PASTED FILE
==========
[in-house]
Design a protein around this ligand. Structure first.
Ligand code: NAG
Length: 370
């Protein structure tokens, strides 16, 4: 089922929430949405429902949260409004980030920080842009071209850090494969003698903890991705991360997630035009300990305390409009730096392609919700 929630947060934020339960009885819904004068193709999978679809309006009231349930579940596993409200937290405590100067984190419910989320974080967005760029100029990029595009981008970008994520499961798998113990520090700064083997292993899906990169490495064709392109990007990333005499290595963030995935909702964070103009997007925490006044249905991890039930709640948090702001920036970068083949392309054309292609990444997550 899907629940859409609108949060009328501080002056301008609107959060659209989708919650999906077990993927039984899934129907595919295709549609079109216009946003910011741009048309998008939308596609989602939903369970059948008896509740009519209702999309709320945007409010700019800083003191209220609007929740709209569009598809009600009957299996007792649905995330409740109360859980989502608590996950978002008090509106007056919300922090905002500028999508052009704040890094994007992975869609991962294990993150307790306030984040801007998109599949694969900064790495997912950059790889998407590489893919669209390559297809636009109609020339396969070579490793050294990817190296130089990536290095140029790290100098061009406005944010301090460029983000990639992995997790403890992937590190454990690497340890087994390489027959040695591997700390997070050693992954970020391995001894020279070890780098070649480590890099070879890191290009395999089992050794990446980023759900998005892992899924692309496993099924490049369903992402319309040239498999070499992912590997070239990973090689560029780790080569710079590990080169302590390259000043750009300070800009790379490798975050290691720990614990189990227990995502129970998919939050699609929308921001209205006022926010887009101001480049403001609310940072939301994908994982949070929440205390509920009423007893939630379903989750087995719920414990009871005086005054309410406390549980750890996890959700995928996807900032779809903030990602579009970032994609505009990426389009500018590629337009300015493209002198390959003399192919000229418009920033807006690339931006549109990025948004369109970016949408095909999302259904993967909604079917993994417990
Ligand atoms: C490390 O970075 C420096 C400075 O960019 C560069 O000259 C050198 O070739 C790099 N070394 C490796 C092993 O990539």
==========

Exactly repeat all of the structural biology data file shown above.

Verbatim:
[in-house]
Design a protein around this ligand. Structure first.
Ligand code: NAG
Length: 370
């Protein structure tokens, strides 16, 4: 089922929430949405429902949260409004980030920080842009071209850090494969003698903890991705991360997630035009300990305390409009730096392609919700 929630947060934020339960009885819904004068193709999978679809309006009231349930579940596993409200937290405590100067984190419910989320974080967005760029100029990029595009981008970008994520499961798998113990520090700064083997292993899906990169490495064709392109990007990333005499290595963030995935909702964070103009997007925490006044249905991890039930709640948090702001920036970068083949392309054309292609990444997550 899907629940859409609108949060009328501080002056301008609107959060659209989708919650999906077990993927039984899934129907595919295709549609079109216009946003910011741009048309998008939308596609989602939903369970059948008896509740009519209702999309709320945007409010700019800083003191209220609007929740709209569009598809009600009957299996007792649905995330409740109360859980989502608590996950978002008090509106007056919300922090905002500028999508052009704040890094994007992975869609991962294990993150307790306030984040801007998109599949694969900064790495997912950059790889998407590489893919669209390559297809636009109609020339396969070579490793050294990817190296130089990536290095140029790290100098061009406005944010301090460029983000990639992995997790403890992937590190454990690497340890087994390489027959040695591997700390997070050693992954970020391995001894020279070890780098070649480590890099070879890191290009395999089992050794990446980023759900998005892992899924692309496993099924490049369903992402319309040239498999070499992912590997070239990973090689560029780790080569710079590990080169302590390259000043750009300070800009790379490798975050290691720990614990189990227990995502129970998919939050699609929308921001209205006022926010887009101001480049403001609310940072939301994908994982949070929440205390509920009423007893939630379903989750087995719920414990009871005086005054309410406390549980750890996890959700995928996807900032779809903030990602579009970032994609505009990426389009500018590629337009300015493209002198390959003399192919000229418009920033807006690339931006549109990025948004369109970016949408095909999302259904993967909604079917993994417990
Ligand atoms: C490390 O970075 C420096 C400075 O960019 C560069 O000259 C050198 O070739 C790099 N070394 C490796 C092993 O990539």